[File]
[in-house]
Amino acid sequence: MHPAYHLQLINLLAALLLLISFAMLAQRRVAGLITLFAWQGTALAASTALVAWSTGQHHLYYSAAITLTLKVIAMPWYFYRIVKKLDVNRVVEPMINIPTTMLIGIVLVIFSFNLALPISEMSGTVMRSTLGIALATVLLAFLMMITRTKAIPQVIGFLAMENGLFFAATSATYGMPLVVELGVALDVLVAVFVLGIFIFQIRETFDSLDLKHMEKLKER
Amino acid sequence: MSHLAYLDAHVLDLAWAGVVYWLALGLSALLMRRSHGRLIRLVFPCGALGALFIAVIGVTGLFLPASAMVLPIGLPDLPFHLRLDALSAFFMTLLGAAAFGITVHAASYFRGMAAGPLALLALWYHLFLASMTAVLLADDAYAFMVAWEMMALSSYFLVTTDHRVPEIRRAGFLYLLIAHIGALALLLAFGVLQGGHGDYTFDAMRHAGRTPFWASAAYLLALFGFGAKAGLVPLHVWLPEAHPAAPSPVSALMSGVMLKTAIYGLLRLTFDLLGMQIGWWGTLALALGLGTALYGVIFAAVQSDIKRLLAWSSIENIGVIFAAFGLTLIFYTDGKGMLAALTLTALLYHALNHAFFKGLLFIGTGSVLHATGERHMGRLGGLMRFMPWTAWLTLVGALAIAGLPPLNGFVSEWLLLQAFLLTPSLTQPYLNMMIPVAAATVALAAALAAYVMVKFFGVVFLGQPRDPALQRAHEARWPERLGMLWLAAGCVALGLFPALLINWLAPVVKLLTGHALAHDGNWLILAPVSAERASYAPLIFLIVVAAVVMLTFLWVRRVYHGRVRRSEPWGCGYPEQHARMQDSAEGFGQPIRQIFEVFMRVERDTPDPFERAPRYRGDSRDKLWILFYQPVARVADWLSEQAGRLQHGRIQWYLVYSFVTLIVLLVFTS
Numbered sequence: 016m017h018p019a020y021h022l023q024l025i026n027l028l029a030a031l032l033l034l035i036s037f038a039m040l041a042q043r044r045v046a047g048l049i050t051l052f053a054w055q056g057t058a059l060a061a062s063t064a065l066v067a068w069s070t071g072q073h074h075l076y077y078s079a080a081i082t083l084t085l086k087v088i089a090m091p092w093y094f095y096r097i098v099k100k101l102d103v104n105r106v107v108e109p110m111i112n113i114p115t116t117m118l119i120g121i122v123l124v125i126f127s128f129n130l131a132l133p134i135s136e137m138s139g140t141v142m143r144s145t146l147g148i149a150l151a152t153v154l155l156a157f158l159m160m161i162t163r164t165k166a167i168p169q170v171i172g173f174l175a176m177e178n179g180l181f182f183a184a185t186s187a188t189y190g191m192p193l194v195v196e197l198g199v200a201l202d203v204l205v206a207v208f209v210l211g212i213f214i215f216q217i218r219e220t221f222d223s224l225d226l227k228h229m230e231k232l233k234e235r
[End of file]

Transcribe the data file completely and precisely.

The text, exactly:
[in-house]
Amino acid sequence: MHPAYHLQLINLLAALLLLISFAMLAQRRVAGLITLFAWQGTALAASTALVAWSTGQHHLYYSAAITLTLKVIAMPWYFYRIVKKLDVNRVVEPMINIPTTMLIGIVLVIFSFNLALPISEMSGTVMRSTLGIALATVLLAFLMMITRTKAIPQVIGFLAMENGLFFAATSATYGMPLVVELGVALDVLVAVFVLGIFIFQIRETFDSLDLKHMEKLKER
Amino acid sequence: MSHLAYLDAHVLDLAWAGVVYWLALGLSALLMRRSHGRLIRLVFPCGALGALFIAVIGVTGLFLPASAMVLPIGLPDLPFHLRLDALSAFFMTLLGAAAFGITVHAASYFRGMAAGPLALLALWYHLFLASMTAVLLADDAYAFMVAWEMMALSSYFLVTTDHRVPEIRRAGFLYLLIAHIGALALLLAFGVLQGGHGDYTFDAMRHAGRTPFWASAAYLLALFGFGAKAGLVPLHVWLPEAHPAAPSPVSALMSGVMLKTAIYGLLRLTFDLLGMQIGWWGTLALALGLGTALYGVIFAAVQSDIKRLLAWSSIENIGVIFAAFGLTLIFYTDGKGMLAALTLTALLYHALNHAFFKGLLFIGTGSVLHATGERHMGRLGGLMRFMPWTAWLTLVGALAIAGLPPLNGFVSEWLLLQAFLLTPSLTQPYLNMMIPVAAATVALAAALAAYVMVKFFGVVFLGQPRDPALQRAHEARWPERLGMLWLAAGCVALGLFPALLINWLAPVVKLLTGHALAHDGNWLILAPVSAERASYAPLIFLIVVAAVVMLTFLWVRRVYHGRVRRSEPWGCGYPEQHARMQDSAEGFGQPIRQIFEVFMRVERDTPDPFERAPRYRGDSRDKLWILFYQPVARVADWLSEQAGRLQHGRIQWYLVYSFVTLIVLLVFTS
Numbered sequence: 016m017h018p019a020y021h022l023q024l025i026n027l028l029a030a031l032l033l034l035i036s037f038a039m040l041a042q043r044r045v046a047g048l049i050t051l052f053a054w055q056g057t058a059l060a061a062s063t064a065l066v067a068w069s070t071g072q073h074h075l076y077y078s079a080a081i082t083l084t085l086k087v088i089a090m091p092w093y094f095y096r097i098v099k100k101l102d103v104n105r106v107v108e109p110m111i112n113i114p115t116t117m118l119i120g121i122v123l124v125i126f127s128f129n130l131a132l133p134i135s136e137m138s139g140t141v142m143r144s145t146l147g148i149a150l151a152t153v154l155l156a157f158l159m160m161i162t163r164t165k166a167i168p169q170v171i172g173f174l175a176m177e178n179g180l181f182f183a184a185t186s187a188t189y190g191m192p193l194v195v196e197l198g199v200a201l202d203v204l205v206a207v208f209v210l211g212i213f214i215f216q217i218r219e220t221f222d223s224l225d226l227k228h229m230e231k232l233k234e235r